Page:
You shouldn’t be upset that going through a bad period is taking away some happy period, because there are going to be both. And the idea is if life were easy, it wouldn’t be worth living because it's not the happy times that mold you, it’s the tough times. You learn far more from failure than from success. And you learn more when you’re up against a wall and fighting for something than if you’re breezing through and having a good time. So if life were easy, we would disappear. It’s like saying, ‘What if everyone were like me?’ What a boring place that would be.
Shifting gears for a moment: you’re still in the middle of your Deep Purple: the Music That Built Rock Tour. How has the tour been and what’s it like working with the orchestra?
It’s been phenomenally well, much to my delight and surprise. We’ve worked with orchestras before, but it’s always been more orchestral, more grandiose, where the orchestra is the main instrument and the band just plays a small part. We didn’t want to do that again. We wanted to do a Purple show with added musicians. Now, when you add musicians there’s no other word than orchestra to pin on them. That, in a way, gives people the wrong impression, because as soon as you say orchestra people think classical music, but this is rock at kind of a different take on some of the well-known riffs and some of the well-known songs.
We weren’t sure how it was going to work at all, and I think it’s actually blown all of us away how well it worked. We toured Canada and America, just [did] Europe. We recorded the Montreaux Jazz Festival, which will be out as a DVD, I believe, before Christmas, and that was a really good show, and we’ll be doing some more toward the end of the year. So it’s a year of doing this kind of odd experimental thing. It has been great and a lot of fun.
Is there any talk of a new Deep Purple album?
Yeah, we’ve started working and done some writing and I’m sure we’ll probably hone that down and get it finished sometime next year. Time's running out for this year so it’s going to have to be next year. No idea what it’s going to be like. I’ve heard some of the stuff and it’s not bad. You don’t know what its like really until other people hear it. It's strange; it's very difficult to judge your own music. I’ve played some to a friend of mine and he said, "Wow, that’s great," and I didn’t think it was that good. There’s four or five really killer ideas and another four or five half-finished ideas that could be good. So I’m sure we’ll be working on those. We definitely are in the mood to do another album, so it’ll happen.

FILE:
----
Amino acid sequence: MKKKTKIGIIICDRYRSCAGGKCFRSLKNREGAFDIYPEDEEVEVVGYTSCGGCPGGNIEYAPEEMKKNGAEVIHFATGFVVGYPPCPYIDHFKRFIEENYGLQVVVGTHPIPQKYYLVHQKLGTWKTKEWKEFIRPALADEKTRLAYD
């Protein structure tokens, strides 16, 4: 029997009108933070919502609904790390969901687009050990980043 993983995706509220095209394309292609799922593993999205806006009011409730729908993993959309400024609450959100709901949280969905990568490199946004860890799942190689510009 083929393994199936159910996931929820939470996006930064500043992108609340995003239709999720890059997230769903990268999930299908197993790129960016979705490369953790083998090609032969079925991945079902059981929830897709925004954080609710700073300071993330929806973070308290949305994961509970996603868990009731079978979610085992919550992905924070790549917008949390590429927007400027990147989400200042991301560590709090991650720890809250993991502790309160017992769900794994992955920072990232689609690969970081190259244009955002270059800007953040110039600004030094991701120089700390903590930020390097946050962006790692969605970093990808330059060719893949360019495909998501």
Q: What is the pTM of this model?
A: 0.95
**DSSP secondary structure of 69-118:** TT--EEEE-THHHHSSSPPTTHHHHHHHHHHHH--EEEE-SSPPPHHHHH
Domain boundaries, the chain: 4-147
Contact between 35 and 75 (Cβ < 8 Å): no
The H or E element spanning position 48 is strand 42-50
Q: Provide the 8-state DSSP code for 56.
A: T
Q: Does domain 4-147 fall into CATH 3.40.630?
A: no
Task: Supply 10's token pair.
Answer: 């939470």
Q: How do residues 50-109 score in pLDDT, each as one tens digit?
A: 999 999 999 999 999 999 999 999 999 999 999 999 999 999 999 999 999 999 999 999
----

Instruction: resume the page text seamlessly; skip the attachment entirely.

What bass gear did you use on If Life Was Easy?
Strangely enough, bass isn’t the instrument I think of first when I’m working. The song is the main thing and I don’t really want to be doing an album that shows off bass playing because I’m a bass player secondary to being a songwriter, and it’s the songs that are really pushing that. The bass parts seem to be subservient to the songs -- if it doesn’t require more than a simple bass chord than I’ll play a simple bass chord. That’s maybe one of the things I’ve learned along the way; of the bass players I’ve admired it’s not what they play but what they don’t play that counts. You listen to the Meters, for example, the [song] called “Hey Poggy Way” and the bass player could have a cup of tea between notes. It’s so spare and sparse and yet it works brilliantly because it doesn’t interfere with the groove it makes the groove work really well. So I’m always looking for simpler ways to do things to make the song work better. Its not a show-off bass piece at all. That doesn’t interest me. Character what’s I’m interested in, character and emotion. And fun, music should be fun.
Is there going to be any live support for this album?
People know me from Deep Purple. I wouldn’t want people coming to shows expecting Deep Purple because it's nothing like it. So I think what would really help would be if there were a great deal of interest in the album, if we actually sold a few or word of mouth or whatever. I’m sure there will come a time when I won’t be so busy with Purple that I would love to go out and do this live. Who knows when that will be.
"If Life Was Easy," the new album by Roger Glover, was released September 6 via Eagle Rock Entertainment.